Indian block-printed textiles in the English countryside

A block printed bed linen set alongside a beautiful old Rajasthani cupboard in the Abbey Home Farm shop. Photo: Courtesy of Hilary Chester-Master














The long jubilee weekend was the first that I’ve spent outside of London since I moved down just over a month ago. While I’m sure the river pageant and all the jubilee events in London were very exciting, escaping the crowds for some countryside air was much more appealing to me. So, along with a group of friends, I went camping to Cirencester in the Cotswolds. The campsite was chosen by my friend Laura, and as chance would have it, without Laura knowing, the owner of the campsite (on an organic farm no less –, also owns a block printing workshop near Jaipur in India employing two block printers who produce textiles for the on-site shop. So, as well as getting the opportunity to enjoy green fields, open air and barbeques with good company, I was also thrilled to see some beautiful textiles and meet like-minded people.

The view from our tent


poppies in the farm grounds

Hilary told me she had been working out in India for the last 30 years and she has been employing the two printers in Rajasthan for the last 21. Her eldest daughter played with Pritam Singh, the son of Faith and John Singh – founders of Anokhi, on early visits to Jaipur. Pritam is now director of Anokhi along with his wife Rachel.

All of Hilary’s production now uses organic cotton and low-impact dyes. This is in keeping with the strong ethos of the whole business. The farm is registered with the Soil Association label scheme, the campsite has compost toilets and showers that you pump yourself. The farm has won many awards (see and they never turn people away from their campsite on a huge field with a vast view of rolling green hills. The cafe serves up the fresh organic produce in the form of yummy salads, soups, gratins and more vegetarian delights, tasty cakes and coffee (much appreciated after the mission of boiling water on a camping stove in the wind!).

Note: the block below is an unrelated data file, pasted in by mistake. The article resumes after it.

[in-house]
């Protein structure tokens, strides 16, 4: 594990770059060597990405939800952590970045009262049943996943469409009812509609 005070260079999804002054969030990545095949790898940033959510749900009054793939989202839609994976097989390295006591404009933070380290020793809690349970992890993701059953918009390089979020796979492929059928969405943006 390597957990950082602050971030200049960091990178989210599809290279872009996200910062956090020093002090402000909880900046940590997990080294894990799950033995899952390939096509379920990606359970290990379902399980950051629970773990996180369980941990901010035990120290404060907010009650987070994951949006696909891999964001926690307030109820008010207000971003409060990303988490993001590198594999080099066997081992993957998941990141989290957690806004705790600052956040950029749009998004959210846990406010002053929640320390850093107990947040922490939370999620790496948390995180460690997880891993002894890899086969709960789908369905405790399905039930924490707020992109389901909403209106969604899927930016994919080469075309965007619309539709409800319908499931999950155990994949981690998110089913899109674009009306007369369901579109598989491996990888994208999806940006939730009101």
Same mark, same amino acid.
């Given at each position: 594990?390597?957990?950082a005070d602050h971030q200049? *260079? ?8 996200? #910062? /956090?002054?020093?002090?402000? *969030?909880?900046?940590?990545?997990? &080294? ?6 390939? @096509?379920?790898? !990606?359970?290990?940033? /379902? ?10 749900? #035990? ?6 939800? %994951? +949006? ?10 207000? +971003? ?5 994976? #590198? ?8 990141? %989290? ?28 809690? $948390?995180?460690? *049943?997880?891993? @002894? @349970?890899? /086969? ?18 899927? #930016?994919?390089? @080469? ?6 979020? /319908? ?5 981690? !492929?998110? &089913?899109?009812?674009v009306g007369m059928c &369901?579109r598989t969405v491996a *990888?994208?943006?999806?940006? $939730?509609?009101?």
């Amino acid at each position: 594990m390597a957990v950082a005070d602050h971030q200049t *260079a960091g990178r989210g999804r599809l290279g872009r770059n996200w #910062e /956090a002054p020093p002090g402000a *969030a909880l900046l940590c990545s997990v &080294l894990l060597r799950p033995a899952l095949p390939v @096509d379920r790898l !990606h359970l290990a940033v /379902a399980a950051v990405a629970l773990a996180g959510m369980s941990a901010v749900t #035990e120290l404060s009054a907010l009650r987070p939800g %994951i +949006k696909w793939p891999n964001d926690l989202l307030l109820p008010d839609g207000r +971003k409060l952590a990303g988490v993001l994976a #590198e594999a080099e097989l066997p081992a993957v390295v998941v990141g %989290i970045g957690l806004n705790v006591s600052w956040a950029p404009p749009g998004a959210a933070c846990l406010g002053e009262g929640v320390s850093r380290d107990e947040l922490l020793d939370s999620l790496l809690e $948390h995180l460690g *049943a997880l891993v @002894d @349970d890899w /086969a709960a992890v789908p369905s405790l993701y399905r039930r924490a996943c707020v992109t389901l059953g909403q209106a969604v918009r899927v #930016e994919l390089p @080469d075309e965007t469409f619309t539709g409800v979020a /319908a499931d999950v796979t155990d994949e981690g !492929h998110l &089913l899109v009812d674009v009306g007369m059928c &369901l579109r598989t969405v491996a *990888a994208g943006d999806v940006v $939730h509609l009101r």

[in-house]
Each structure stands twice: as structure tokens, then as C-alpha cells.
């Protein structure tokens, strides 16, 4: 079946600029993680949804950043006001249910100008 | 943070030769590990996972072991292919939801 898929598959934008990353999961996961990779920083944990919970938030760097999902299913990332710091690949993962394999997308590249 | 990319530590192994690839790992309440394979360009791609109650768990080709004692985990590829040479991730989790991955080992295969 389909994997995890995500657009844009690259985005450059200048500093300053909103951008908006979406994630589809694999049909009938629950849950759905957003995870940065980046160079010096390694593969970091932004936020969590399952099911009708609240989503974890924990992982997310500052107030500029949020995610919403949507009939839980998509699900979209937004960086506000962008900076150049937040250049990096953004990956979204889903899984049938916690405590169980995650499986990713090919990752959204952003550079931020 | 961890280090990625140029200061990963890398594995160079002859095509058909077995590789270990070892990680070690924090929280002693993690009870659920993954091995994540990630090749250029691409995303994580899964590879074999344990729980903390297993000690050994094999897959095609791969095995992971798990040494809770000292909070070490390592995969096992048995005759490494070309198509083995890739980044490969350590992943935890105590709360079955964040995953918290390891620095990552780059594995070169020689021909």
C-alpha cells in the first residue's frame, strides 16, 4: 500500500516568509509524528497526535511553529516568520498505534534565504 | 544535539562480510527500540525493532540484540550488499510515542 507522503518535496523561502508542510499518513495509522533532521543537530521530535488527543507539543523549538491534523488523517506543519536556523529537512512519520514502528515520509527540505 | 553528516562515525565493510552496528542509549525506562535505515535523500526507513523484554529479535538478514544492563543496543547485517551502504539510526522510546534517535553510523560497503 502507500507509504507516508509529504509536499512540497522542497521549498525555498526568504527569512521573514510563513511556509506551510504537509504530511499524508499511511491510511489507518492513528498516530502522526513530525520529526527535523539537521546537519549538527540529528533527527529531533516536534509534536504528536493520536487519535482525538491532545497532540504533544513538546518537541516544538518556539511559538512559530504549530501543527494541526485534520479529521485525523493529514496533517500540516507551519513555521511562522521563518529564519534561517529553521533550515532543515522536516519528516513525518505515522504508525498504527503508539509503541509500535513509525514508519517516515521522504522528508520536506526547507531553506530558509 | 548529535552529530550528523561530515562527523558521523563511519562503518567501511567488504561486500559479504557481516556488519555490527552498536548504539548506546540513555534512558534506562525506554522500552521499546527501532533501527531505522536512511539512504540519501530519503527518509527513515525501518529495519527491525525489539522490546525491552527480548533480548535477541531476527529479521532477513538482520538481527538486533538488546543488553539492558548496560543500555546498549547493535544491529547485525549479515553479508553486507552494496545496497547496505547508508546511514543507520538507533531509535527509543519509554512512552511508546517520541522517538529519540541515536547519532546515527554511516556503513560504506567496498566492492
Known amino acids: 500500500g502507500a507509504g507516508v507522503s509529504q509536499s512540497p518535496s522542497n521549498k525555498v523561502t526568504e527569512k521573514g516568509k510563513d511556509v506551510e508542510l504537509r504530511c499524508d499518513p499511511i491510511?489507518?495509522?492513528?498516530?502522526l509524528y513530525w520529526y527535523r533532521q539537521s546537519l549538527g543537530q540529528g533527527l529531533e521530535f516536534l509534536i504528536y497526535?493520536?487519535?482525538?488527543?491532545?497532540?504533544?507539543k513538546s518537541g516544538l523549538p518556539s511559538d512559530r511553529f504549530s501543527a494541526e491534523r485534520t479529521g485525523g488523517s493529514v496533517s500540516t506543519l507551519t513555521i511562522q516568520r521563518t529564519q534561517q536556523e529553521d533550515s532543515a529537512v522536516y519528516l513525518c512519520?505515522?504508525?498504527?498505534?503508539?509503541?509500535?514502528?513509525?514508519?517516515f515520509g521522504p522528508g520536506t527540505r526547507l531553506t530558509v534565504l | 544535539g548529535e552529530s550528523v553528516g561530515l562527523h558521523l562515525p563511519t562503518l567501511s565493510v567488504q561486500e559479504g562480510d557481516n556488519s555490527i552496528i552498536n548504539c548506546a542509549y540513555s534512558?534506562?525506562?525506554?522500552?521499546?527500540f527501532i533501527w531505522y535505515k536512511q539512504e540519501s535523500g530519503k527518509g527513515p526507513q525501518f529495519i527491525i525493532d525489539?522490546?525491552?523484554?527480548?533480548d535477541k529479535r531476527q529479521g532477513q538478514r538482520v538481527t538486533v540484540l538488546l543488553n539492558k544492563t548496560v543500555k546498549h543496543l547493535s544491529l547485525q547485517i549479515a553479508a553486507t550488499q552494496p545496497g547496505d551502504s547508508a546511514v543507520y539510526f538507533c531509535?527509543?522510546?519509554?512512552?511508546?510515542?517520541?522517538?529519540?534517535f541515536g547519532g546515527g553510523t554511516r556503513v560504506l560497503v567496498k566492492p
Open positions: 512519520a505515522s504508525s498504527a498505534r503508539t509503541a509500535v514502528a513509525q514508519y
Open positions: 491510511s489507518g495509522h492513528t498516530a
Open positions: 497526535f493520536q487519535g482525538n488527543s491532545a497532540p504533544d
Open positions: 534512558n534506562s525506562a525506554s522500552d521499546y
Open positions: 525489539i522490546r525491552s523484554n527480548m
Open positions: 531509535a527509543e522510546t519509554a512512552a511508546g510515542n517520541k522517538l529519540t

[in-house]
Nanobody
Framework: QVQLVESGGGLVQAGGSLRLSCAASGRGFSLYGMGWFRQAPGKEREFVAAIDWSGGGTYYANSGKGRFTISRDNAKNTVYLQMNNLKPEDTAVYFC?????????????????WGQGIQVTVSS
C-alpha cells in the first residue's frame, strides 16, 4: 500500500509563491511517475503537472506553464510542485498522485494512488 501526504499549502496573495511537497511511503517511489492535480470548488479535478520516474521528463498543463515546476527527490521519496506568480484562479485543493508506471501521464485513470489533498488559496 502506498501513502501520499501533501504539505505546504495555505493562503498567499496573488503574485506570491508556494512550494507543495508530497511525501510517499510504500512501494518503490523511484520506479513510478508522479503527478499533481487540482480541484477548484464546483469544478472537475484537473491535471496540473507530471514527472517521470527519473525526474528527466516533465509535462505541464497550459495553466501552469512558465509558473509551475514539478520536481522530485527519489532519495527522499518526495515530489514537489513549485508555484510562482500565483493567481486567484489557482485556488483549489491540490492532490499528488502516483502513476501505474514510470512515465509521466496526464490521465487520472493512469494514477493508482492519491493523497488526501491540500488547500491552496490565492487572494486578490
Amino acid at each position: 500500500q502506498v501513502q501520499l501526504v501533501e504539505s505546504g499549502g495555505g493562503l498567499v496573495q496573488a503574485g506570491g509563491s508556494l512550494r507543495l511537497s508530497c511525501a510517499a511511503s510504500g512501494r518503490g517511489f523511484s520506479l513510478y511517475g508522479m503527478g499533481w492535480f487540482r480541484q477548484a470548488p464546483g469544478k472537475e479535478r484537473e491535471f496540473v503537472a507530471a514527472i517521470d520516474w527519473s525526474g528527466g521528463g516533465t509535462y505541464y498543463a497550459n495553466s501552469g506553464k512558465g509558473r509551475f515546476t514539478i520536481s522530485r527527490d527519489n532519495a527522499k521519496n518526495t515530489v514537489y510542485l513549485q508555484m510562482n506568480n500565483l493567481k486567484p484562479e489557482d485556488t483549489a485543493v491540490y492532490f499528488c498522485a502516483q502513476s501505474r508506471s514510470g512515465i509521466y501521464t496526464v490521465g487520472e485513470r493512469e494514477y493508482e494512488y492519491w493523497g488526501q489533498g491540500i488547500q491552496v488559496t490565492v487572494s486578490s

Hilary once sold her textiles through a shop in Cirecencester, but has recently decided to reduce the size of operations, having lots more to take care of, and also realising that high quality, traditional textiles may have a better market in India itself, where there is a growing market amongst the burgeoning middle class. However, she did kindly say she would help me out if I wish to open a shop in London, something I may indeed consider, having seen her high level of expertise and strongly admiring the work she has done with the farm.

A section of the shop, including a gorgeous Indian door. Photo courtesy of Hilary Chester-Master

All-in-all, whether a textiles enthusiast, a foodie, a lover of the outdoors, or an eco-warrior, I highly recommend this lovely farm nestled in the Cotswold hills.

The changes in the weather over the weekend made for glorious skies – one positive to English weather!


cow parsley in the sunset


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